Sixteenth Street Baptist Church

That day, a bomb placed in the Sixteenth Street Baptist Church by white supremacists exploded, killing four young girls. Addie Mae Collins, Cynthia Wesley, Denise McNair, and Carole Robertson, dressed in their best clothes, ready for the Sunday service. The brutal event shocked the nation and inflamed the Civil Rights Movement.

Time spent on site: about 30 minutes.

Kelly Ingram Park

Across the street from the Sixteenth Street Baptist Church is Kelly Ingram Park. It features gripping sculptures that depict police dogs and high-powered water hoses that attacked more than 1,000 students who gathered at the park to protest racial discrimination. The police put more than 600 children in jail.

Civil Rights Trail - Kelly Ingram Park

Civil Rights Trail - Kelly Ingram Park

A stroll through the Freedom Walk is a must-do. Signs explain each sculpture, but a free cell-phone audio tour is also available to the public.

Time spent on site: about 45 minutes.

Birmingham Civil Rights Institute

Note: On the day we visited the city, the museum was not open. If you find yourself exploring the Civil Rights Trail, know that it is one of the most recommended attractions in Birmingham. Exhibits show significant events in Birmingham’s history, including the tragedy at the 16th Street Baptist Church during a bombing orchestrated by the Ku Klux Klan.

Civil Rights Institute

The Birmingham Civil Rights Institute in downtown Birmingham, across the street from the 16th Street Baptist Church and Kelly Ingram Park.

Civil Rights Trail Road Trip stop #4: Memphis, Tennessee

Birmingham to Memphis (approximately 240 miles)

Time recommended: one day

Where to stay: Peabody Memphis (in the heart of Memphis)

National Civil Rights Museum: Lorraine Motel

The National Civil Rights Museum was the only Civil Rights site we visited in Memphis, but it was plenty. The museum is in the renovated Lorraine Motel, the location of Dr. Martin Luther King, Jr.’s assassination. The motel façade maintains the 1960s appearance, but inside, instead of hotel rooms, there is an array of galleries with extensive, visually powerful, educational, and emotional exhibits. It tells stories of Civil Rights activists, and the continuing struggle for equality in America today.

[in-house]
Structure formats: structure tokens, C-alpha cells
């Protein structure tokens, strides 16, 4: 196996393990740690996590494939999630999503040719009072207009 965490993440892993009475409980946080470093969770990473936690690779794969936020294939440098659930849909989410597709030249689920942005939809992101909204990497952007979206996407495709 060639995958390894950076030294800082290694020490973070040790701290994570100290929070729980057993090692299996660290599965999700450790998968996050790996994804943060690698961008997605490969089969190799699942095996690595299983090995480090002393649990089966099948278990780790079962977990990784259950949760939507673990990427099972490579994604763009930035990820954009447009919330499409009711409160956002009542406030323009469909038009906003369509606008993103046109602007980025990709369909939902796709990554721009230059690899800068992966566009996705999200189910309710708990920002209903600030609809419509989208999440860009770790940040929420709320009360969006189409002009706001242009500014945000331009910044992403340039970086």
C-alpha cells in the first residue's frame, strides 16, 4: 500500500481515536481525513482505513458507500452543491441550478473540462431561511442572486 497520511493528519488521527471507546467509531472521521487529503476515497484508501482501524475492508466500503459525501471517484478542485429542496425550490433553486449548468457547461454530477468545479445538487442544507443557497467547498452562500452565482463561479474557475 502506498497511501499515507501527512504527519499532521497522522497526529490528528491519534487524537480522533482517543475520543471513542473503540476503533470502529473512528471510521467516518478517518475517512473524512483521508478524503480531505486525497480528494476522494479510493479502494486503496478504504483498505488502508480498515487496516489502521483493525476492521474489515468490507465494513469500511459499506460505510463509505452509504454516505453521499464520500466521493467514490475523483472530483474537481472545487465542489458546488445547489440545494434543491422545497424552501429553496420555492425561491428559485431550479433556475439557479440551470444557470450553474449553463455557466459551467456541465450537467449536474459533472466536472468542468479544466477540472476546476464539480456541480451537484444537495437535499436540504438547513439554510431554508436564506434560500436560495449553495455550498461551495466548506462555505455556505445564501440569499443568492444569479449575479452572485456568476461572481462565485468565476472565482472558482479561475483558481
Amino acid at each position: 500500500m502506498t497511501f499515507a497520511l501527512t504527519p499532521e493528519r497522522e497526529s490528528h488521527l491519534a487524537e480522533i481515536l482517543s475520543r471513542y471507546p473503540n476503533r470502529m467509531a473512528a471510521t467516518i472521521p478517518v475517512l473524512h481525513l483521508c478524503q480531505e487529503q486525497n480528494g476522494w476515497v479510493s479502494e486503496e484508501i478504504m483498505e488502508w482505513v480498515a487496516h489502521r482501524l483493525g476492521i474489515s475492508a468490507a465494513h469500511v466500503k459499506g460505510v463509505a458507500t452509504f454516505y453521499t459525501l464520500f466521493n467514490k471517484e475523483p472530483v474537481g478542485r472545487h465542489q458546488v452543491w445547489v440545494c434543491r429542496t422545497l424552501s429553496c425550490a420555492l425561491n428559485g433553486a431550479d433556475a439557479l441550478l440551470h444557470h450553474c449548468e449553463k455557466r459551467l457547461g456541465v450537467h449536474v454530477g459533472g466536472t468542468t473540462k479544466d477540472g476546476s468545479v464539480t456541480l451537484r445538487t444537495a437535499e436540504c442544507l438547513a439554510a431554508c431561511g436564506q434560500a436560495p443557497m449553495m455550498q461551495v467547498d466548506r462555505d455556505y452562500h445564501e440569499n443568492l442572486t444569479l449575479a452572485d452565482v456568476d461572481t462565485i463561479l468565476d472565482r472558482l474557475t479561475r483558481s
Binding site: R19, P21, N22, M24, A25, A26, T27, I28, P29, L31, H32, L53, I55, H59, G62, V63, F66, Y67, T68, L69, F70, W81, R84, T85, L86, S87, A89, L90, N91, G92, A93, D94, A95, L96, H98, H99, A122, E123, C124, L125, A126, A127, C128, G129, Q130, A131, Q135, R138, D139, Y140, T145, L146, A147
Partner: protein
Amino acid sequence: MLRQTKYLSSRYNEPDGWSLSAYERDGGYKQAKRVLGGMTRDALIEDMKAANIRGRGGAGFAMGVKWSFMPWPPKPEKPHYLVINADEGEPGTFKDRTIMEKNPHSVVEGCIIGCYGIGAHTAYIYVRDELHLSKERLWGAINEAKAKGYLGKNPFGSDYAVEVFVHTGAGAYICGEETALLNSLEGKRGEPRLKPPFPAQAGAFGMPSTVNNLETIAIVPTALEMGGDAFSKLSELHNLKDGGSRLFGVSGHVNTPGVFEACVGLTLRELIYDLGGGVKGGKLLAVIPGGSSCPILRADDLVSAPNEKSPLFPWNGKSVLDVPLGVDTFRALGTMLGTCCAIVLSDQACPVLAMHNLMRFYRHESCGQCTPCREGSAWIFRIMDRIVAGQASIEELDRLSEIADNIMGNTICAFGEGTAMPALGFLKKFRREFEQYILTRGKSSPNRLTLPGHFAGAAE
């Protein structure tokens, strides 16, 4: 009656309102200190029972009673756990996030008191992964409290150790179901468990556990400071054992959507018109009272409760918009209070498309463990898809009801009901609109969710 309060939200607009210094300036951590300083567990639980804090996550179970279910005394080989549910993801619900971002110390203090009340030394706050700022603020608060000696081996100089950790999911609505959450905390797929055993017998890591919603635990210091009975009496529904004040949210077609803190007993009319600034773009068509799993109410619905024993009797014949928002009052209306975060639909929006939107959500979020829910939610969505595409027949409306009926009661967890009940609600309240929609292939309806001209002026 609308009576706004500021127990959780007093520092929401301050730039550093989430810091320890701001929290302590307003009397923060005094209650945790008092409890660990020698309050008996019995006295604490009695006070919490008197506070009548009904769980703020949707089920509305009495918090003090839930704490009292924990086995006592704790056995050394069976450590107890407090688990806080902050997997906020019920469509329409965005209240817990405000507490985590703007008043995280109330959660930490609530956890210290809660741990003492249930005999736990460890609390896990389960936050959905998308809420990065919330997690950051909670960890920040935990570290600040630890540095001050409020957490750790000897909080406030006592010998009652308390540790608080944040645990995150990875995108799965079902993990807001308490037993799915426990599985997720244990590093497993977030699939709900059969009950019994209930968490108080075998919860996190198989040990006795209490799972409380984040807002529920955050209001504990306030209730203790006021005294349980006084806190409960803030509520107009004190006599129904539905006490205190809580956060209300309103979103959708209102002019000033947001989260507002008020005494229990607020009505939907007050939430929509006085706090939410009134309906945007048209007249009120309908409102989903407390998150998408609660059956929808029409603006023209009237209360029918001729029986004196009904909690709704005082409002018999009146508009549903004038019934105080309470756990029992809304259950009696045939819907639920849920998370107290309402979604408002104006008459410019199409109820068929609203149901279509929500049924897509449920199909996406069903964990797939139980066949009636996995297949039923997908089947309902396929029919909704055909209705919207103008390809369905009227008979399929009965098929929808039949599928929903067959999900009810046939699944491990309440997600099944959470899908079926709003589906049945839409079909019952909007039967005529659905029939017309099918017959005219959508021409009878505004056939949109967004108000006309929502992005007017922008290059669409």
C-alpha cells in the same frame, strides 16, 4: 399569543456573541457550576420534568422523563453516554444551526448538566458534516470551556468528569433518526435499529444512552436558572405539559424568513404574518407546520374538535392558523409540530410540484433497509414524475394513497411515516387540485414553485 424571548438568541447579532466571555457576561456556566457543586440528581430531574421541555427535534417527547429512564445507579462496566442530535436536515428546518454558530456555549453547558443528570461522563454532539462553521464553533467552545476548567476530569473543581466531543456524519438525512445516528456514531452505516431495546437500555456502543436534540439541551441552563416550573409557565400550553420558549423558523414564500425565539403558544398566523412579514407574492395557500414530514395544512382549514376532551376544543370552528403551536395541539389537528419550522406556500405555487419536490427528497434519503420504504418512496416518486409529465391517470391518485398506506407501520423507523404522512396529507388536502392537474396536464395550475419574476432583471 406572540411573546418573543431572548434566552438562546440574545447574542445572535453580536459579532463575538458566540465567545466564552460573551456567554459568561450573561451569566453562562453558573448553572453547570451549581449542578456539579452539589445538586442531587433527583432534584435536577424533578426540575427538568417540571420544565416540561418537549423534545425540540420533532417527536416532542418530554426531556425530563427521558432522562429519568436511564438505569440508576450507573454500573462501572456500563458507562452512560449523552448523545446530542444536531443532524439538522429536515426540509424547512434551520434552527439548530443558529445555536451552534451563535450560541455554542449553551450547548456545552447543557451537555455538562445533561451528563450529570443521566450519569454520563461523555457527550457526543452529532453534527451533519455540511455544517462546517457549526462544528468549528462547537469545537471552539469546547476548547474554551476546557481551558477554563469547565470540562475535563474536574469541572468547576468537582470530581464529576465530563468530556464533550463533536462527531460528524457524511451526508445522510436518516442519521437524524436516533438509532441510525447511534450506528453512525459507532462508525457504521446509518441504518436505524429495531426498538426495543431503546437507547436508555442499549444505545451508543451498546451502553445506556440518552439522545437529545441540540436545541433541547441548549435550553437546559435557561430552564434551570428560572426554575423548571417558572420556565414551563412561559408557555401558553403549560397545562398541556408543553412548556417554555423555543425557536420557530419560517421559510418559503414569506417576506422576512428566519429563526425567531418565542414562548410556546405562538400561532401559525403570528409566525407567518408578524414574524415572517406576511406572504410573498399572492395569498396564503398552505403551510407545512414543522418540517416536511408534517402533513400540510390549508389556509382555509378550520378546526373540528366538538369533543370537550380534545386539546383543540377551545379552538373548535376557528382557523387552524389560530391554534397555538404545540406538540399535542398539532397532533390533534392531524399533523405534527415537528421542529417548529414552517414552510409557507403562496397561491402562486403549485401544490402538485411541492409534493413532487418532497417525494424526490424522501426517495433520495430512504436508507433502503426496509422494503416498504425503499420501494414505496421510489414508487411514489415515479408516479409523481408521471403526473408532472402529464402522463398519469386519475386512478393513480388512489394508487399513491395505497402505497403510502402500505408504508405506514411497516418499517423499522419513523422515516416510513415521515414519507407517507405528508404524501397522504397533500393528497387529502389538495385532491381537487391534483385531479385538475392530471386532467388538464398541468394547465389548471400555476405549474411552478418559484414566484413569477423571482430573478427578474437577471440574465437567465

National Civil Rights Museum: Lorraine Motel

On April 4, 1968, King visited the city to support the protest against conditions for black sanitation workers. Lorraine Motel was one of the few lodging places in Memphis that welcomed African Americans. Martin Luther King was staying in Room 306.

Earlier that day, King gave his memorable “Mountaintop” speech, in which he spoke of his own mortality, telling the crowd, “I’ve seen the Promised Land. I may not get there with you. But I want you to know tonight, that we, as a people, will get to the Promised Land.”

At the end of the day, King was back at the Motel. Around 6 pm, he emerged from his second-floor room and stood on the balcony. A bullet flew from across the street and shot dead Martin Luther King, Jr..

Pictures, replicas, sounds, and atmosphere make this museum an absolutely fascinating place to visit.The highlighted moment happened at the end of the self-guided tour when we stood in Room 307 and looked through the glass inside of Room 306.

National Civil Rights Museum: Lorraine Motel

The museum annex

Across the street is the museum annex with the boarding house where James Earl Ray was staying and from where he supposedly shot Dr. King. In the same building, there are interesting facts and less-known details about Martin Luther King’s assassination, including questions whether or not James Earl Ray was the assassin.

National Civil Rights Museum: Lorraine Motel

Plan at least four hours to see everything.

How to get there

Note: We started the Civil Rights Trail Road Trip in Selma, then drove to Montgomery, Birmingham, and Memphis. If driving to Selma is not doable for your family, check out the closest airports:

Montgomery, AL- Montgomery Regional Airport– 47 miles

Birmingham, AL – Birmingham-Shuttlesworth International Airport – 90 miles

Columbus, GA – Columbus Metropolitan Airport –135 miles

Mobile, AL – Mobile Regional Airport– 157 miles

Need car rental to explore the Civil Rights Trail toad trip? Check out CarRentals.

How to prepare for the Civil Rights Trail Road Trip

Depending on the age of your kids, here are some books and movies that will engage your young ones on the importance of the Civil Rights Movement.

Movies to watch:
  • Selma
  • Freedom Riders
  • Hidden Figures
  • The Green Book
Easy books to read:

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One Comment

  1. This was an amazing account of the Civil Rights Movement! I am glad to know of all the places where people can educate themselves and open their eyes, minds, and hearts.